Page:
To the Mommy I was 7 Years Ago

I had a baby to look after seven years ago and a toddler. It was different with diapers, wipes, high chairs, cribs, and strollers to push.

My younger friend has two boys. Their age gap is almost identical to mine, but they are seven years ahead of us. As we sipped coffee together and discussed how sleep-deprived she was, she asked me if I would be willing to share more about raising babies and toddlers at the same time.

The same friend texted me last week to tell me that her son ran after seeing the laundry pile on her living room floor for over a day and then jumped into it. He exclaimed with joy that he was throwing clothes all over the place and was jumping into a pile full of leaves. She began to cry in frustration but laughed it off and continued her day as a momma to littles.

My response to her request made me think: What would you say to me seven years ago? It’s not only true, but it is always right when your child has a tantrum. They pass so quickly.”

My friend is a wonderful momma, and I don’t think everything I could say would be applicable. She is so sweet, and I love her so I will try.


To My Mommy, I Was 7 Years Ago

1. Choose your battles. Seven years from now, you won’t even remember that you didn’t clean the tub for several weeks. Even if you do, it won’t matter. Your children will, too.

Focus on the most important things and leave the rest aside. You might only be able to manage quality healthy meals, a routine bedtime and some sleep right now. That’s OK. I promise that you will soon be able to clean your home without much hassle. You will soon be able to clean your floors and scrub your kitchen. This is not the right season.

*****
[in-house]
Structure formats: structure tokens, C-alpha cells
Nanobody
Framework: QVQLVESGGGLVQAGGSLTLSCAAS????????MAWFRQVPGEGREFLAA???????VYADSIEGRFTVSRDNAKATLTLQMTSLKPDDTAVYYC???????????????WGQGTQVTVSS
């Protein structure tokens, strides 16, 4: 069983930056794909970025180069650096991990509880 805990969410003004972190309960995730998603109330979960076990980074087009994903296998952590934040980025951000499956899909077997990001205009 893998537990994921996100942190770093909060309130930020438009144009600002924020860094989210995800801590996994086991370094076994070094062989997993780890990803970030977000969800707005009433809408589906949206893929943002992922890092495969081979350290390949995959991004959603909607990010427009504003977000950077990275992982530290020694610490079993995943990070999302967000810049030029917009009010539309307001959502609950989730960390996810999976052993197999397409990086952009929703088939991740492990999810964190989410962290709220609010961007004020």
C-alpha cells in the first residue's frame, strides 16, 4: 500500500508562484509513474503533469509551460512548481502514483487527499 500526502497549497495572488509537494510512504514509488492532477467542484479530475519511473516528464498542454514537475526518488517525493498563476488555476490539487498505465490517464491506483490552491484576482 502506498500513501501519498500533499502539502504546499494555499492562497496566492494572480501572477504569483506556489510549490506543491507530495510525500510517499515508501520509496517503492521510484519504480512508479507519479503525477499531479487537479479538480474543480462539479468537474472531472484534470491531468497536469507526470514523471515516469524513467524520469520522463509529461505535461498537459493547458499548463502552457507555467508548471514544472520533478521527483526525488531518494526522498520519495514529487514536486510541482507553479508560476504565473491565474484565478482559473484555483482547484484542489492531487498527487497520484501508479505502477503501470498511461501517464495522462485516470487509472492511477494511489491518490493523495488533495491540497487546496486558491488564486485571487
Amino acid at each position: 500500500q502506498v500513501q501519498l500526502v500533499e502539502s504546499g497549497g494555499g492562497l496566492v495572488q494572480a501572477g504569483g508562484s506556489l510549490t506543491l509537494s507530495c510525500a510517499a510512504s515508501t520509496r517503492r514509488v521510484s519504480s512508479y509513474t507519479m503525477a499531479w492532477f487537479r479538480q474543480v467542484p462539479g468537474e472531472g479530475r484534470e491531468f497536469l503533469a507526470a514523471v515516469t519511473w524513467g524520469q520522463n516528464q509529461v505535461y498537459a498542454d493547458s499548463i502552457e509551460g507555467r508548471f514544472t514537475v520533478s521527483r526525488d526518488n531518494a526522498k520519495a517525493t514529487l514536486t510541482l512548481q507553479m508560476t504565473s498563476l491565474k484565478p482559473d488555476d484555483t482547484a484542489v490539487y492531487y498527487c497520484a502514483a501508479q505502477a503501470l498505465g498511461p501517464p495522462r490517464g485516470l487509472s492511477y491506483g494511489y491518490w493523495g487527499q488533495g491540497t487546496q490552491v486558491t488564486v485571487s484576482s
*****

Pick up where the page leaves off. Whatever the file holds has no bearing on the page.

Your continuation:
Do not beat yourself up if you don’t get it all done. Choose your top three to four priorities. These are your top three or four priorities. Then, be intentional about using your time wisely. All else can wait.

This is the most important thing. If anyone offers to help, do so.

2. If you don’t know where to start, keep going. It will feel like learning a foreign language, except that you don’t know how to use it.

They learned, and so will we. Do not let your child suffer the consequences of your decisions if you aren’t sure what to do. Don’t assume that if you allow your child to sleep in your bed, he will not return to his parents and have mommy issues at 13. Please don’t assume that your oldest child will be able to go to kindergarten in diapers because he is showing signs of regression. Don’t assume that just because you let your child have breakfast with cake doesn’t mean you will never learn from your mistakes as a mother.

Focusing on the future can cause you to lose sight of what is happening now. This can cause you to freak out.

Take a deep breath, and then move on to the next step. Do the next thing. After they have finished with the cake, you can wipe their sweet little faces and move on to the next thing.

3. All children are welcome to snuggle. Chance. You. Get.

Yes, it sounds familiar. But sweet grandmas, you are 100% correct.

You can snuggle them and let their little smells fill your home. Please take a moment to enjoy the time they spend in your arms while you hold them. In seven years, I have never regretted my time with my boys. You won’t either.

It will take seven years to go by faster than you can even imagine.

Your children need you to be their momma. You are the best person to love and mother your children. Pray continuously, even if you’re in the bathroom with little fingers sticking out under the door. Take a nap whenever and wherever you can. Instead of spending the night in front of the TV, get to bed earlier.


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